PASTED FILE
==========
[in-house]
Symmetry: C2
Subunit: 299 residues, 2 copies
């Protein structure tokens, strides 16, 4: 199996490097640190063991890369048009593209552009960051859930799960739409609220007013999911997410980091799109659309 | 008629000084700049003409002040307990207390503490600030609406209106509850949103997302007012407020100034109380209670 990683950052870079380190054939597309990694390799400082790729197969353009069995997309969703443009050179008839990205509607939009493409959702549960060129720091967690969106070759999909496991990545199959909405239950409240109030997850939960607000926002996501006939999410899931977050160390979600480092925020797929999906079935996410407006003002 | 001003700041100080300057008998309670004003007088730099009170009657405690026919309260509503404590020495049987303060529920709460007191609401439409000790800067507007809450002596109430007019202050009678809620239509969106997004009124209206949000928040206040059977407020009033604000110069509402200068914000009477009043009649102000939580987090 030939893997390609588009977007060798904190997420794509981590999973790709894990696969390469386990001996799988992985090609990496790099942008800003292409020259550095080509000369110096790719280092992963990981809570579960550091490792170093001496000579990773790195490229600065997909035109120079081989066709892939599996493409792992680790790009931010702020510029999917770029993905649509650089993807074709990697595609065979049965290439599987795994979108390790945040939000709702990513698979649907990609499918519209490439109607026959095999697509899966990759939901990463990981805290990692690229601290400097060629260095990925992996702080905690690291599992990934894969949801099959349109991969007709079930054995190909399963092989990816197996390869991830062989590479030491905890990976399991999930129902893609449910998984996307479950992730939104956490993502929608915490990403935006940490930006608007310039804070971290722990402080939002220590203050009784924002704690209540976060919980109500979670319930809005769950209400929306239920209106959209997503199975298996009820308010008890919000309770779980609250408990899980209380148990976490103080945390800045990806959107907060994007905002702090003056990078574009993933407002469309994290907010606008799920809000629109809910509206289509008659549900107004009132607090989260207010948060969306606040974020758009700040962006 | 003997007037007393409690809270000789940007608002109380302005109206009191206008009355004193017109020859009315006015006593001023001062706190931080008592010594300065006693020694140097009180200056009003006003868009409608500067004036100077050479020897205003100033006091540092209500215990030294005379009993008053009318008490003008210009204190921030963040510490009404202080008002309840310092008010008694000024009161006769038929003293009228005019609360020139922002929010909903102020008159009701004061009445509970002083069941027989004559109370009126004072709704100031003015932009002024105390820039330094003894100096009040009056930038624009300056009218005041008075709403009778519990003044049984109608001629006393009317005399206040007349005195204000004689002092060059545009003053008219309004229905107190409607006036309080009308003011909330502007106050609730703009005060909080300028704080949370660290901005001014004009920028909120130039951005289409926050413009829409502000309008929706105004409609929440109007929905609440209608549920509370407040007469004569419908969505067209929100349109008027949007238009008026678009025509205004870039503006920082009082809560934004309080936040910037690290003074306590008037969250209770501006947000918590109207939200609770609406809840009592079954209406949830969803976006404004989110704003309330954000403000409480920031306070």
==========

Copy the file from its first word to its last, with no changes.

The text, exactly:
[in-house]
Symmetry: C2
Subunit: 299 residues, 2 copies
């Protein structure tokens, strides 16, 4: 199996490097640190063991890369048009593209552009960051859930799960739409609220007013999911997410980091799109659309 | 008629000084700049003409002040307990207390503490600030609406209106509850949103997302007012407020100034109380209670 990683950052870079380190054939597309990694390799400082790729197969353009069995997309969703443009050179008839990205509607939009493409959702549960060129720091967690969106070759999909496991990545199959909405239950409240109030997850939960607000926002996501006939999410899931977050160390979600480092925020797929999906079935996410407006003002 | 001003700041100080300057008998309670004003007088730099009170009657405690026919309260509503404590020495049987303060529920709460007191609401439409000790800067507007809450002596109430007019202050009678809620239509969106997004009124209206949000928040206040059977407020009033604000110069509402200068914000009477009043009649102000939580987090 030939893997390609588009977007060798904190997420794509981590999973790709894990696969390469386990001996799988992985090609990496790099942008800003292409020259550095080509000369110096790719280092992963990981809570579960550091490792170093001496000579990773790195490229600065997909035109120079081989066709892939599996493409792992680790790009931010702020510029999917770029993905649509650089993807074709990697595609065979049965290439599987795994979108390790945040939000709702990513698979649907990609499918519209490439109607026959095999697509899966990759939901990463990981805290990692690229601290400097060629260095990925992996702080905690690291599992990934894969949801099959349109991969007709079930054995190909399963092989990816197996390869991830062989590479030491905890990976399991999930129902893609449910998984996307479950992730939104956490993502929608915490990403935006940490930006608007310039804070971290722990402080939002220590203050009784924002704690209540976060919980109500979670319930809005769950209400929306239920209106959209997503199975298996009820308010008890919000309770779980609250408990899980209380148990976490103080945390800045990806959107907060994007905002702090003056990078574009993933407002469309994290907010606008799920809000629109809910509206289509008659549900107004009132607090989260207010948060969306606040974020758009700040962006 | 003997007037007393409690809270000789940007608002109380302005109206009191206008009355004193017109020859009315006015006593001023001062706190931080008592010594300065006693020694140097009180200056009003006003868009409608500067004036100077050479020897205003100033006091540092209500215990030294005379009993008053009318008490003008210009204190921030963040510490009404202080008002309840310092008010008694000024009161006769038929003293009228005019609360020139922002929010909903102020008159009701004061009445509970002083069941027989004559109370009126004072709704100031003015932009002024105390820039330094003894100096009040009056930038624009300056009218005041008075709403009778519990003044049984109608001629006393009317005399206040007349005195204000004689002092060059545009003053008219309004229905107190409607006036309080009308003011909330502007106050609730703009005060909080300028704080949370660290901005001014004009920028909120130039951005289409926050413009829409502000309008929706105004409609929440109007929905609440209608549920509370407040007469004569419908969505067209929100349109008027949007238009008026678009025509205004870039503006920082009082809560934004309080936040910037690290003074306590008037969250209770501006947000918590109207939200609770609406809840009592079954209406949830969803976006404004989110704003309330954000403000409480920031306070």